Supervisor resigns as Thomson Township resets appointment process

After open meeting violation, board opens new application period to fill open board supervisor seat


December 9, 2022

The Thomson Township Board of Supervisors is once again accepting applications for an open seat on the board.

In an effort to self-correct after the Minnesota Department of Administration ruled this month that the board violated open meeting law during its previous appointment process, a special meeting Thursday, Dec. 8 was used to reset the process.

At the suggestion of township attorney Dave Pritchett, newly appointed Thomson Township supervisor David Sunnarborg resigned from his seat during a special meeting. The decision allowed the board to restart a process which led to Sunnarborg being appointed to the board Dec 1.

During the special meeting, Pritchett partly explained the Department of Administration’s ruling, and recommended the board “unwind” the appointment process and start again.

“The alleged error in this is that at the beginning of the closed meeting, the six candidates were not named,” Pritchett said. “So, they were named at the end of the meeting, but at the beginning of the meeting, they were just simply not named. According to the Department of Administration, that constitutes a violation of the open meeting law. We have a different opinion of that.”

Additionally, Pritchett noted the board also violated the open meeting law by neglecting to record its closed meeting, and claimed it was “an inadvertent mistake, but there is no recording of that [closed] meeting,” he said.

Still, Pritchett continued to disagree with the state agency’s opinion that the board could discuss applicants for the open seat in closed session, describing those violations as “alleged.”

The board did not openly discuss its violation of dismissing candidates for a public seat in closed session. In September, the board emerged from closed session having dismissed three candidates to replace former supervisor Jason Paulson, who resigned in August.

Sunnarborg and two others, Gary Bonneville and Eric Rish, emerged as candidates for public interviews, while Darla VanHeerde, John Bergman and Dan Belden were denied interviews and dismissed during the closed session at the heart of the state’s ruling.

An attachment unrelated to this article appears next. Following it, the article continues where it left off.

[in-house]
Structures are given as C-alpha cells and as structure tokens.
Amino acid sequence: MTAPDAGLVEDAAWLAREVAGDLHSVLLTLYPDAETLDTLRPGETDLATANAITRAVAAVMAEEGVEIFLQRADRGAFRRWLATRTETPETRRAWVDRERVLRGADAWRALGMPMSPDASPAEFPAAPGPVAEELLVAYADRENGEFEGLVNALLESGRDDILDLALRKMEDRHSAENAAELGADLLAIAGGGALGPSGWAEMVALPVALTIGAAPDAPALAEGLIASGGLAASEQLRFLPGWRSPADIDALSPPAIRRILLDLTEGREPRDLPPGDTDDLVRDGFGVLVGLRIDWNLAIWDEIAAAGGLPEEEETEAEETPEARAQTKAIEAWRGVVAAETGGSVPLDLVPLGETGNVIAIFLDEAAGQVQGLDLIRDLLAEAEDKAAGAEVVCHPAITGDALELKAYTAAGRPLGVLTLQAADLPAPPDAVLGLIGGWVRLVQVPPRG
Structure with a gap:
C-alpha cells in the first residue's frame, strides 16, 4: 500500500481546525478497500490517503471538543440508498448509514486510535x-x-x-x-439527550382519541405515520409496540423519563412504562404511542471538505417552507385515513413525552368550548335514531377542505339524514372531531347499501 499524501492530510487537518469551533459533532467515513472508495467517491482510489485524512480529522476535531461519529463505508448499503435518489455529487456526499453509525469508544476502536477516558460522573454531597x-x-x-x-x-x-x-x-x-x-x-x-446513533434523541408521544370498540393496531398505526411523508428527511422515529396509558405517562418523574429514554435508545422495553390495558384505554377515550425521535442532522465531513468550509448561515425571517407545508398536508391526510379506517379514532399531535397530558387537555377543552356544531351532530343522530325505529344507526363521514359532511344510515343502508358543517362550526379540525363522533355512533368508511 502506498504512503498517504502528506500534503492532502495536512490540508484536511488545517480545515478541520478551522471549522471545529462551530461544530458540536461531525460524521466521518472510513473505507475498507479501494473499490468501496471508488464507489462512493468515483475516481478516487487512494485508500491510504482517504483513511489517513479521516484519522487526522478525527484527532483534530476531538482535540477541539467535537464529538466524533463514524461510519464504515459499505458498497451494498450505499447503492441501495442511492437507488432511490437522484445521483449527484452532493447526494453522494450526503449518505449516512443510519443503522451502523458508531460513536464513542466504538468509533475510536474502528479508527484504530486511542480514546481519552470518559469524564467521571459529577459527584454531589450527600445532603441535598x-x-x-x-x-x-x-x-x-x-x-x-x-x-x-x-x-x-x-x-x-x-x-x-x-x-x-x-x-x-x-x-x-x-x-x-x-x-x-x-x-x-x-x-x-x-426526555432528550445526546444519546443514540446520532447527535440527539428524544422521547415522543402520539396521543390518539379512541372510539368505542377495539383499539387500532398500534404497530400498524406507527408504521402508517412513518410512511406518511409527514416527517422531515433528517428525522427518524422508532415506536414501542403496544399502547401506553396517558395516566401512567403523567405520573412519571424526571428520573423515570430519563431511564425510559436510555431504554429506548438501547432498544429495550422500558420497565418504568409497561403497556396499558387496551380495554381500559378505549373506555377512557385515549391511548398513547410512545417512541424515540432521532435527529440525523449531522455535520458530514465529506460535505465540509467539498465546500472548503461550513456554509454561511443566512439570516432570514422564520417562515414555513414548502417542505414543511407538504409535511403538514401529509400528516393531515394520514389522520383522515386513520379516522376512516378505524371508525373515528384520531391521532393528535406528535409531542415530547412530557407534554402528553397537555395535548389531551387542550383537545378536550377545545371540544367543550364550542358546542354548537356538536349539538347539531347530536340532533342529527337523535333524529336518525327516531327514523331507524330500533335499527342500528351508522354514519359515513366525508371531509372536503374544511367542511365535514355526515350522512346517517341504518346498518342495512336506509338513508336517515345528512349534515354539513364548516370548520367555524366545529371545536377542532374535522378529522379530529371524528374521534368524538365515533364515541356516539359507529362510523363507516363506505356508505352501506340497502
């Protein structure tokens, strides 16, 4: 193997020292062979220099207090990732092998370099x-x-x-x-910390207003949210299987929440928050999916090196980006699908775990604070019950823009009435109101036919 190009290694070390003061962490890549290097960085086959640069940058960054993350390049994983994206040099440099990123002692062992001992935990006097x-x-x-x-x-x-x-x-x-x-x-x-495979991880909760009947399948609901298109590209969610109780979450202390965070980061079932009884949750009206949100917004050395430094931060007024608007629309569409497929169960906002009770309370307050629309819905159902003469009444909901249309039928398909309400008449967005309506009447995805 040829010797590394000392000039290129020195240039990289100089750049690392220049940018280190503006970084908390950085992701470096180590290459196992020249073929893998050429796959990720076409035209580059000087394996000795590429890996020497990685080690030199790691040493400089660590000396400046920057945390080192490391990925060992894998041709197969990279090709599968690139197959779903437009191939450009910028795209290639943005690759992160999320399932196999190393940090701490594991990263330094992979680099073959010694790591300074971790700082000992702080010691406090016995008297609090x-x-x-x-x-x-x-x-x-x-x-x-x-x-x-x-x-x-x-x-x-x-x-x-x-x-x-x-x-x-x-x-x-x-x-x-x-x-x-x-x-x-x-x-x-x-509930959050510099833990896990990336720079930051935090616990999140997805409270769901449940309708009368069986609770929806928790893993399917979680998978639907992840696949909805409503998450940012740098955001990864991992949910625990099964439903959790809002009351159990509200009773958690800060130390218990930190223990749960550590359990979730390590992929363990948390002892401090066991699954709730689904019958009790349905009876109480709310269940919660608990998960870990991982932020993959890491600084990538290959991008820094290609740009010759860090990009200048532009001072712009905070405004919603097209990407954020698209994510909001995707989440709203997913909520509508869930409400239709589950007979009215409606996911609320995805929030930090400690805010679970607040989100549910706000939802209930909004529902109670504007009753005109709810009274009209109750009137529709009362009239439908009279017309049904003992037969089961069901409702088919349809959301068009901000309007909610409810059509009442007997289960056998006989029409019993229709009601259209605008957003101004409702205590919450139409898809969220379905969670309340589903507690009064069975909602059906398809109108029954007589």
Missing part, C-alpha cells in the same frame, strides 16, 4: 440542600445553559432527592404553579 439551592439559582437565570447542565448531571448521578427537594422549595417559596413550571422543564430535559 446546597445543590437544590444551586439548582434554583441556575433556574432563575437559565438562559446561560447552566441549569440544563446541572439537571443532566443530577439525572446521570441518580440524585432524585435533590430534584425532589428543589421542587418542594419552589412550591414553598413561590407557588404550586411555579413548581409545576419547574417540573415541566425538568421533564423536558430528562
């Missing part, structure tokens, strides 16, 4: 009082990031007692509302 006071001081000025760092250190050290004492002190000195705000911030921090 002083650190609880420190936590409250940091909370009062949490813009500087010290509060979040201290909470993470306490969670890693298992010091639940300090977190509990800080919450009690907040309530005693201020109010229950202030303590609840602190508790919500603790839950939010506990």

“The language (of open meeting law) does not allow a public body to close meetings to generally discuss personnel issues, such as hiring or appointment decisions,” Department of Administration commissioner Alice Roberts-Davis wrote in her opinion.

The advisory opinion does not come with a penalty. Its purpose is aimed at making a governing body reflect and correct its behavior.

In a summary of the ruling that Pritchett gave to the board, he spoke on only the board’s failure to state the names of candidates prior to closed session and its failure to record the closed meeting.

Following Sunnarborg’s resignation, which was approved by the board, the board discussed how the new application process would proceed.

The board voted to reopen the application for the open seat on the township’s website and accept applications until Dec 22. The application will include written questions that each candidate will need to answer in writing. The written questions are in lieu of an in-person candidate forum, in order to expedite the process.

The board will then take two weeks to review the applications and plan to appoint the new board member at its first regular meeting of 2023, coming Jan. 5.

The advisory opinion had been sought by Pine Knot News editor Jana Peterson in a letter to the Department of Administration, which has oversight of data practices throughout the state, including open meeting law. The newspaper financed the $200 review, and first reported the suspected violation of open meeting law with a story in its Sept. 23 issue.

Editor’s note: This story was updated from a previous version published online earlier Dec. 9. Get more background on this story here:


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